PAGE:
Vajrakīlaya Series

Deities › Vajrakīlaya

English (29) | Deutsch (2) | Español (3) | Français (3) | Português (2) | བོད་ཡིག (29)


Further information:
Download this collection:

Supreme son of all the wrathful buddhas, Kīlaya,

Like a mighty vajra weapon that cuts with no resistance,

Deity of activity, the ultimate of wrathful liberators—

Vajrakumāra, to you I pay homage!

A series of texts related to the deity Vajrakīlaya or Vajrakīla (rdo rje phur ba):

Averting Obstacles


Confession and Fulfilment

Fire Offering


Lineage Prayers






This short daily sādhana of Vajrakīlaya concentrates on the ultimate nature of the deity, which is one's very own awareness, beyond imagery and attributes.

A popular practice of Vajrakīlaya in standard form, consisting of refuge and bodhicitta, visualization, mantra recitation, dissolution, dedication of merit, and prayer for auspiciousness.

This simple sādhana of Vajrakīlaya, requested by Sogyal Rinpoche, contains, in the words of Dilgo Khyentse Rinpoche's colophon, 'the concentrated blessings of kama and terma'.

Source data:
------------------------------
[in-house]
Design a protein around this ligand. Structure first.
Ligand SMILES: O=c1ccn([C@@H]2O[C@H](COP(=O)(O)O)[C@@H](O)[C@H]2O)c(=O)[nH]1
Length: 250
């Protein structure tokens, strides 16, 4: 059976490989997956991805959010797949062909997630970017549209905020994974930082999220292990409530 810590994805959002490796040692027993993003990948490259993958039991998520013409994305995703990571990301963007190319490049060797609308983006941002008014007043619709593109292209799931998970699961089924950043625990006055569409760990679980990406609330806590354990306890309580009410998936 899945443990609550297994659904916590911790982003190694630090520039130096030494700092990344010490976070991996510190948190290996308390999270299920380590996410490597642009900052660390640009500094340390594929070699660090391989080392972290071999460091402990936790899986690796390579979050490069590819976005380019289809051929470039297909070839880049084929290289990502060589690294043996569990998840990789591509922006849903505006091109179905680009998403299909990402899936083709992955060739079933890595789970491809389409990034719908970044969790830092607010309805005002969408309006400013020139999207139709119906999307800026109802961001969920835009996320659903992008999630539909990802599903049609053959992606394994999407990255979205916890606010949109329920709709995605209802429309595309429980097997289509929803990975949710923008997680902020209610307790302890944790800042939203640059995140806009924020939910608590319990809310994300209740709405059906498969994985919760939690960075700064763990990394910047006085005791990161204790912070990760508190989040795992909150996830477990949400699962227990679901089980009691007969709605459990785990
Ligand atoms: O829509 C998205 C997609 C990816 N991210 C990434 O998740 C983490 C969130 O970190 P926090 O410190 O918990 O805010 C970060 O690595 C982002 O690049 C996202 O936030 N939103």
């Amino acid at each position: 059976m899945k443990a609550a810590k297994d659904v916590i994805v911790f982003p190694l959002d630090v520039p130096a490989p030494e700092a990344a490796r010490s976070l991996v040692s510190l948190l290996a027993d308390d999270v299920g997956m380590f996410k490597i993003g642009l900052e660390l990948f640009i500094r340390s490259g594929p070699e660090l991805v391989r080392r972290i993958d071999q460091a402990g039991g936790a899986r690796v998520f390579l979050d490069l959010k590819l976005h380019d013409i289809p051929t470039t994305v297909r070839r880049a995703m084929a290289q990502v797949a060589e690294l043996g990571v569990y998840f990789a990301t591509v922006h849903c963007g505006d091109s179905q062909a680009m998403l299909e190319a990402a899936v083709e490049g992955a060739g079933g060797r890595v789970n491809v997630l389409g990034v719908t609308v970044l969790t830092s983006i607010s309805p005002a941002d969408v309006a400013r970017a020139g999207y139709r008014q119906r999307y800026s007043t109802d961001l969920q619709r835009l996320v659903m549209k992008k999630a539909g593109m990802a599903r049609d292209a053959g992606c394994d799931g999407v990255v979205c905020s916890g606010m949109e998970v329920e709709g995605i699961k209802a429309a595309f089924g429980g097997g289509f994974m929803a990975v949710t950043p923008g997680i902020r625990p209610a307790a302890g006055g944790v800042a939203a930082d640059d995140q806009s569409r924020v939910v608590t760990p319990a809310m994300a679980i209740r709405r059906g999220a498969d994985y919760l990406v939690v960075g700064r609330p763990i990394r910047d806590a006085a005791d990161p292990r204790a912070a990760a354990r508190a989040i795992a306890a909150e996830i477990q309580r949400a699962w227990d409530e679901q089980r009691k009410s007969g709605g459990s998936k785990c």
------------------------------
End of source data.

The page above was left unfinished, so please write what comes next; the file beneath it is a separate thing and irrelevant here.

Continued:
Jamyang Khyentse wrote this recitation guide (bklags thabs) for the Vajrakīla Root Tantra Section (phur pa rtsa dum) at the request of his master of ceremonies, Lama Chokden.

When Jigme Lingpa was in his sixties he ‘translated the signs’ of the four specific sādhanas of Palchen Düpa—Yamāntaka, Hayagrīva, Yangdak Heruka and Vajrakīlaya—at the request of Dodrupchen Jigme Trinle Özer, Jigme Losalchen, and Tsewang Lhamo, the Queen of Derge. This is the sādhana of Vajrakīlaya.

The concluding stages of the Neck-Pouch Kīla (Purba Gulkhukma) sādhana: offering, praise, receiving the attainments, dissolution, dedication of merit and words of auspiciousness.

This is the main text of the Purba Gulkhukma cycle of Vajrakīlaya practice, which Khenchen Jigme Phuntsok revealed at the Asura cave in Yangleshö, Nepal. It includes the empowerment, sādhana and gaṇacakra offering.

This brief Vajrakīlaya sādhana, complete with tsok offering, was revealed as a terma at Katok Monastery.


Related Topics

Vajrayāna Buddhism places restrictions on the reading and practice of certain texts, which are intended only for those who have received the requisite empowerments, transmissions and instructions.

If you are unsure as to whether you are entitled to read or practice a particular text please consult a qualified lineage-holder.

This website uses cookies to collect anonymous usage statistics and enhance the user experience.